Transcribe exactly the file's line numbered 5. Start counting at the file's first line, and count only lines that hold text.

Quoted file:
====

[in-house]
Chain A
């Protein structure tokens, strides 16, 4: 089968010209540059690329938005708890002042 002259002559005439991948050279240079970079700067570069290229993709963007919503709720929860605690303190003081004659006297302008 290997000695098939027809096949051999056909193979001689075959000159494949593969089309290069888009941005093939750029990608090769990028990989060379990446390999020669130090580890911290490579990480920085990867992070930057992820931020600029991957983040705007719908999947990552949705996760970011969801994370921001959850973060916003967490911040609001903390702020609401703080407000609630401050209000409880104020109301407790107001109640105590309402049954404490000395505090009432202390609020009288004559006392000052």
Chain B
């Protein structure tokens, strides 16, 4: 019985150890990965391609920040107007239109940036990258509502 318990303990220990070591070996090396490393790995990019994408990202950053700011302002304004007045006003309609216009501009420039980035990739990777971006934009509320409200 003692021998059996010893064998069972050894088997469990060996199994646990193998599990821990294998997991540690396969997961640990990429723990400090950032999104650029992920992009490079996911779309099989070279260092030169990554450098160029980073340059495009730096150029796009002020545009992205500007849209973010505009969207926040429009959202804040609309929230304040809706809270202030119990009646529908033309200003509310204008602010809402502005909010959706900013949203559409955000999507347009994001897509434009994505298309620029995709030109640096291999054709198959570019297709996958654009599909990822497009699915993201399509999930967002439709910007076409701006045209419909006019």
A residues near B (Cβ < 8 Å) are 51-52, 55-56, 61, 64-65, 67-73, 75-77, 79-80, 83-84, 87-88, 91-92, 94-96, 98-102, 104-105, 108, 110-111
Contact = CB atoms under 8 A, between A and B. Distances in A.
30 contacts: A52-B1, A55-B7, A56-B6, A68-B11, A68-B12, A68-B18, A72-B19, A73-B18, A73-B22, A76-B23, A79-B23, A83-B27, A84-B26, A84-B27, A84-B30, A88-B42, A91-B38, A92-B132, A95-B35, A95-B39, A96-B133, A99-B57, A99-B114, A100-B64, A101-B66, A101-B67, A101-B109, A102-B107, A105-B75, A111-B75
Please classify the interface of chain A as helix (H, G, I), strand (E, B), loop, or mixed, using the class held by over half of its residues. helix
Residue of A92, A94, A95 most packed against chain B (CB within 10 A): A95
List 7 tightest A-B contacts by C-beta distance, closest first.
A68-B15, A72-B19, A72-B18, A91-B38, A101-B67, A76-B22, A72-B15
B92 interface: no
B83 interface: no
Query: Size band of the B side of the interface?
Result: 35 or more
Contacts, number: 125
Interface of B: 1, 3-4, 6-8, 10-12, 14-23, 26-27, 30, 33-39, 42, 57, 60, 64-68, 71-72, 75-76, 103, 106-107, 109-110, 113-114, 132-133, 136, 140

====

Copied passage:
């Protein structure tokens, strides 16, 4: 019985150890990965391609920040107007239109940036990258509502 318990303990220990070591070996090396490393790995990019994408990202950053700011302002304004007045006003309609216009501009420039980035990739990777971006934009509320409200 003692021998059996010893064998069972050894088997469990060996199994646990193998599990821990294998997991540690396969997961640990990429723990400090950032999104650029992920992009490079996911779309099989070279260092030169990554450098160029980073340059495009730096150029796009002020545009992205500007849209973010505009969207926040429009959202804040609309929230304040809706809270202030119990009646529908033309200003509310204008602010809402502005909010959706900013949203559409955000999507347009994001897509434009994505298309620029995709030109640096291999054709198959570019297709996958654009599909990822497009699915993201399509999930967002439709910007076409701006045209419909006019």